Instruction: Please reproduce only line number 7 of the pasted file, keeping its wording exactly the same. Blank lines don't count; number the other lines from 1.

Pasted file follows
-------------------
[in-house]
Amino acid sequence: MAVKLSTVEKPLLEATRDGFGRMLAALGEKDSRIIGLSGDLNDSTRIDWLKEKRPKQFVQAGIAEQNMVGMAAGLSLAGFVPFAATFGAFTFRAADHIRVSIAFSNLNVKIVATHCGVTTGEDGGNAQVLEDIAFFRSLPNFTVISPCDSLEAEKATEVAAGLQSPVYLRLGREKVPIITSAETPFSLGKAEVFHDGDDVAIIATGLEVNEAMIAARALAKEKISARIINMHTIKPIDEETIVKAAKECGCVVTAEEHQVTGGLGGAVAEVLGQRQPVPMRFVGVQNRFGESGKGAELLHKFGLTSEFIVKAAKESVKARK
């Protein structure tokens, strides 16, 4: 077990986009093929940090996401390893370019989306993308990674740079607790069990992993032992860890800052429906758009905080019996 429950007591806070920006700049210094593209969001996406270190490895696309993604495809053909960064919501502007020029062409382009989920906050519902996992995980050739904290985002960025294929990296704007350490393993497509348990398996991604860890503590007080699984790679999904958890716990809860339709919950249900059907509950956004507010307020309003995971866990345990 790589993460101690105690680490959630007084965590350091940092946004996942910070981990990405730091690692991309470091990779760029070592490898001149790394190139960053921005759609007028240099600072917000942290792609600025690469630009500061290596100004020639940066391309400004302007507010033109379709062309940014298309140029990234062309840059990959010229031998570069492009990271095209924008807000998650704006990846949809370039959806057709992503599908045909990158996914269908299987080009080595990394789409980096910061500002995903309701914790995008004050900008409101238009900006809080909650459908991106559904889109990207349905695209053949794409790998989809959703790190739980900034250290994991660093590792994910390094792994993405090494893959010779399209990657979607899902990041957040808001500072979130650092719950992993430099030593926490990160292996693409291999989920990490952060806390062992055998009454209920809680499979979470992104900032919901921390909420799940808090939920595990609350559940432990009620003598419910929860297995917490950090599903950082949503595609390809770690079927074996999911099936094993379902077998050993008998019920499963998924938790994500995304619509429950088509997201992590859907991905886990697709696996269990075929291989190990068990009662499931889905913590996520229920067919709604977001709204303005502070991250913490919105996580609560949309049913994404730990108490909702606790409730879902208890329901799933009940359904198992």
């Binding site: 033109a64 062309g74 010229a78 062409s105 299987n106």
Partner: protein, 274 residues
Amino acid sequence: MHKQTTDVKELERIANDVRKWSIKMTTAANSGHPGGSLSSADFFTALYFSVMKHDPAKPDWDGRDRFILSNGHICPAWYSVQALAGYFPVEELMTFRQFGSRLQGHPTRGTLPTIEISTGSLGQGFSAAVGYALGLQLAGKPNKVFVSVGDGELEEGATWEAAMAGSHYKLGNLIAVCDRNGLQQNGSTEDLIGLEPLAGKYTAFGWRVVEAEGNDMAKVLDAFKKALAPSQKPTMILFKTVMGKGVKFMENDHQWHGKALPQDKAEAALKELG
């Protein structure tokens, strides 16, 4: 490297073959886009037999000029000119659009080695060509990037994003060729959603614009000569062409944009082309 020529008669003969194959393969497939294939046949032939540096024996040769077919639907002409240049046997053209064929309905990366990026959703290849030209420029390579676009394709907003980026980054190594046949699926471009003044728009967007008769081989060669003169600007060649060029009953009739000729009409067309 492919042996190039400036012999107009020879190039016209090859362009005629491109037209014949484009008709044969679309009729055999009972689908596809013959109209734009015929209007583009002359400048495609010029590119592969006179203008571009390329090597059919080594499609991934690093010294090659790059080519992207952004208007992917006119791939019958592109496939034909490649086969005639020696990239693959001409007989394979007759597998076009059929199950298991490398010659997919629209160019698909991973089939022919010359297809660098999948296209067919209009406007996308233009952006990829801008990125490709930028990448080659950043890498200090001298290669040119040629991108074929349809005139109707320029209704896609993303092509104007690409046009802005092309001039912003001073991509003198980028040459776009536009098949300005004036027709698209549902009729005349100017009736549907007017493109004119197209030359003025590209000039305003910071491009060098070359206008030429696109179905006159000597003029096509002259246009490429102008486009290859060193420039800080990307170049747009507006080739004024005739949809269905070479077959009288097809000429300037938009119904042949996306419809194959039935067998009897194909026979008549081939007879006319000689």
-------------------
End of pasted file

């Protein structure tokens, strides 16, 4: 490297073959886009037999000029000119659009080695060509990037994003060729959603614009000569062409944009082309 020529008669003969194959393969497939294939046949032939540096024996040769077919639907002409240049046997053209064929309905990366990026959703290849030209420029390579676009394709907003980026980054190594046949699926471009003044728009967007008769081989060669003169600007060649060029009953009739000729009409067309 492919042996190039400036012999107009020879190039016209090859362009005629491109037209014949484009008709044969679309009729055999009972689908596809013959109209734009015929209007583009002359400048495609010029590119592969006179203008571009390329090597059919080594499609991934690093010294090659790059080519992207952004208007992917006119791939019958592109496939034909490649086969005639020696990239693959001409007989394979007759597998076009059929199950298991490398010659997919629209160019698909991973089939022919010359297809660098999948296209067919209009406007996308233009952006990829801008990125490709930028990448080659950043890498200090001298290669040119040629991108074929349809005139109707320029209704896609993303092509104007690409046009802005092309001039912003001073991509003198980028040459776009536009098949300005004036027709698209549902009729005349100017009736549907007017493109004119197209030359003025590209000039305003910071491009060098070359206008030429696109179905006159000597003029096509002259246009490429102008486009290859060193420039800080990307170049747009507006080739004024005739949809269905070479077959009288097809000429300037938009119904042949996306419809194959039935067998009897194909026979008549081939007879006319000689």